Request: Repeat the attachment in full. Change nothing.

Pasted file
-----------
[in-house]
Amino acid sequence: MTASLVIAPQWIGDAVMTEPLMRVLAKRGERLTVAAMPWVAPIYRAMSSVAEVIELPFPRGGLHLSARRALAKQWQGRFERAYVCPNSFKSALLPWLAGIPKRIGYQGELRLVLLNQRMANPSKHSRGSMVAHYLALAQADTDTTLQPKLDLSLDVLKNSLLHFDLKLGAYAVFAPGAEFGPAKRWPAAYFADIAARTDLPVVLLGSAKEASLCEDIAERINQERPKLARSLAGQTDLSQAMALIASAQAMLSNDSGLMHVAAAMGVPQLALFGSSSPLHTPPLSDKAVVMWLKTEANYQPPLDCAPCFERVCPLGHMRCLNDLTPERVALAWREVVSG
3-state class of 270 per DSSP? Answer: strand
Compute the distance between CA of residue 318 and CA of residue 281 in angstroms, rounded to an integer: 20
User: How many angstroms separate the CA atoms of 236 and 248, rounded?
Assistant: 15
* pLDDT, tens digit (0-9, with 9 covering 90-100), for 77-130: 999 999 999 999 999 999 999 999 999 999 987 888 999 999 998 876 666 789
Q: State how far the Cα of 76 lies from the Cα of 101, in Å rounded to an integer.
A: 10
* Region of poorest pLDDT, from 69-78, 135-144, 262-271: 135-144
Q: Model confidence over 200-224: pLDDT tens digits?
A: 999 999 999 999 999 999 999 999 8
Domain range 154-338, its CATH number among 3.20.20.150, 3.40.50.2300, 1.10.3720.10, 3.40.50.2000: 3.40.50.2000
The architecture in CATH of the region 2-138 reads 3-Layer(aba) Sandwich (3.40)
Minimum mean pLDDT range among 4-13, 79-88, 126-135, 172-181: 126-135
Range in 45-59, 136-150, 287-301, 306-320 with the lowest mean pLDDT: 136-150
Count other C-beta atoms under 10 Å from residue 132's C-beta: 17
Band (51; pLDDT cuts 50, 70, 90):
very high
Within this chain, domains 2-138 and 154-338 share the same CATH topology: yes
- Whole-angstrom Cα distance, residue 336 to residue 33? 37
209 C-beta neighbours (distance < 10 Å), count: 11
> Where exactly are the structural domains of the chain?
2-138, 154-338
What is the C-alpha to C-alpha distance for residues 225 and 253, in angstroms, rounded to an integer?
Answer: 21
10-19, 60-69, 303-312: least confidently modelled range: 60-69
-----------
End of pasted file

[in-house]
Amino acid sequence: MTASLVIAPQWIGDAVMTEPLMRVLAKRGERLTVAAMPWVAPIYRAMSSVAEVIELPFPRGGLHLSARRALAKQWQGRFERAYVCPNSFKSALLPWLAGIPKRIGYQGELRLVLLNQRMANPSKHSRGSMVAHYLALAQADTDTTLQPKLDLSLDVLKNSLLHFDLKLGAYAVFAPGAEFGPAKRWPAAYFADIAARTDLPVVLLGSAKEASLCEDIAERINQERPKLARSLAGQTDLSQAMALIASAQAMLSNDSGLMHVAAAMGVPQLALFGSSSPLHTPPLSDKAVVMWLKTEANYQPPLDCAPCFERVCPLGHMRCLNDLTPERVALAWREVVSG
3-state class of 270 per DSSP? Answer: strand
Compute the distance between CA of residue 318 and CA of residue 281 in angstroms, rounded to an integer: 20
User: How many angstroms separate the CA atoms of 236 and 248, rounded?
Assistant: 15
* pLDDT, tens digit (0-9, with 9 covering 90-100), for 77-130: 999 999 999 999 999 999 999 999 999 999 987 888 999 999 998 876 666 789
Q: State how far the Cα of 76 lies from the Cα of 101, in Å rounded to an integer.
A: 10
* Region of poorest pLDDT, from 69-78, 135-144, 262-271: 135-144
Q: Model confidence over 200-224: pLDDT tens digits?
A: 999 999 999 999 999 999 999 999 8
Domain range 154-338, its CATH number among 3.20.20.150, 3.40.50.2300, 1.10.3720.10, 3.40.50.2000: 3.40.50.2000
The architecture in CATH of the region 2-138 reads 3-Layer(aba) Sandwich (3.40)
Minimum mean pLDDT range among 4-13, 79-88, 126-135, 172-181: 126-135
Range in 45-59, 136-150, 287-301, 306-320 with the lowest mean pLDDT: 136-150
Count other C-beta atoms under 10 Å from residue 132's C-beta: 17
Band (51; pLDDT cuts 50, 70, 90):
very high
Within this chain, domains 2-138 and 154-338 share the same CATH topology: yes
- Whole-angstrom Cα distance, residue 336 to residue 33? 37
209 C-beta neighbours (distance < 10 Å), count: 11
> Where exactly are the structural domains of the chain?
2-138, 154-338
What is the C-alpha to C-alpha distance for residues 225 and 253, in angstroms, rounded to an integer?
Answer: 21
10-19, 60-69, 303-312: least confidently modelled range: 60-69